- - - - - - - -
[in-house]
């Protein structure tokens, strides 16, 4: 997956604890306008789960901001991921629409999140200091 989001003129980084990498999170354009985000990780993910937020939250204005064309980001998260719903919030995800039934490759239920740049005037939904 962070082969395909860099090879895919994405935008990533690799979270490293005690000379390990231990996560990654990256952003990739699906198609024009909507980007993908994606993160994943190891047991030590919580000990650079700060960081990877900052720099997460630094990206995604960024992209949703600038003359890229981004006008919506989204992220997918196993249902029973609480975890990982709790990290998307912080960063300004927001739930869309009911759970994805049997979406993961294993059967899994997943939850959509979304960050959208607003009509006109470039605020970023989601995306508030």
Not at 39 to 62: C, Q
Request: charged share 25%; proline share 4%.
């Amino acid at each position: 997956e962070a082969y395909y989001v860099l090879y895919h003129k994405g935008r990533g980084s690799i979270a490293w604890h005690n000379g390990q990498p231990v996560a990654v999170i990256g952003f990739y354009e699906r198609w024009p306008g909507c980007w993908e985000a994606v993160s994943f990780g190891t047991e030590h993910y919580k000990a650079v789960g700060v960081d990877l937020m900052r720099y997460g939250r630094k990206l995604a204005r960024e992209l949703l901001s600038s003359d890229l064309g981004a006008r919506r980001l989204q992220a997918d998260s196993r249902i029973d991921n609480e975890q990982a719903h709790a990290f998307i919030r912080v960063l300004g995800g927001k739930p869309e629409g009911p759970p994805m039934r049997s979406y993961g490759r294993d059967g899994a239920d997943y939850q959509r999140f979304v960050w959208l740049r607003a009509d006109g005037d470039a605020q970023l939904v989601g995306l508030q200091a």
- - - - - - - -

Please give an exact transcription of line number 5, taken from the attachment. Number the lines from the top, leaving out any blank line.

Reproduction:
């Amino acid at each position: 997956e962070a082969y395909y989001v860099l090879y895919h003129k994405g935008r990533g980084s690799i979270a490293w604890h005690n000379g390990q990498p231990v996560a990654v999170i990256g952003f990739y354009e699906r198609w024009p306008g909507c980007w993908e985000a994606v993160s994943f990780g190891t047991e030590h993910y919580k000990a650079v789960g700060v960081d990877l937020m900052r720099y997460g939250r630094k990206l995604a204005r960024e992209l949703l901001s600038s003359d890229l064309g981004a006008r919506r980001l989204q992220a997918d998260s196993r249902i029973d991921n609480e975890q990982a719903h709790a990290f998307i919030r912080v960063l300004g995800g927001k739930p869309e629409g009911p759970p994805m039934r049997s979406y993961g490759r294993d059967g899994a239920d997943y939850q959509r999140f979304v960050w959208l740049r607003a009509d006109g005037d470039a605020q970023l939904v989601g995306l508030q200091a």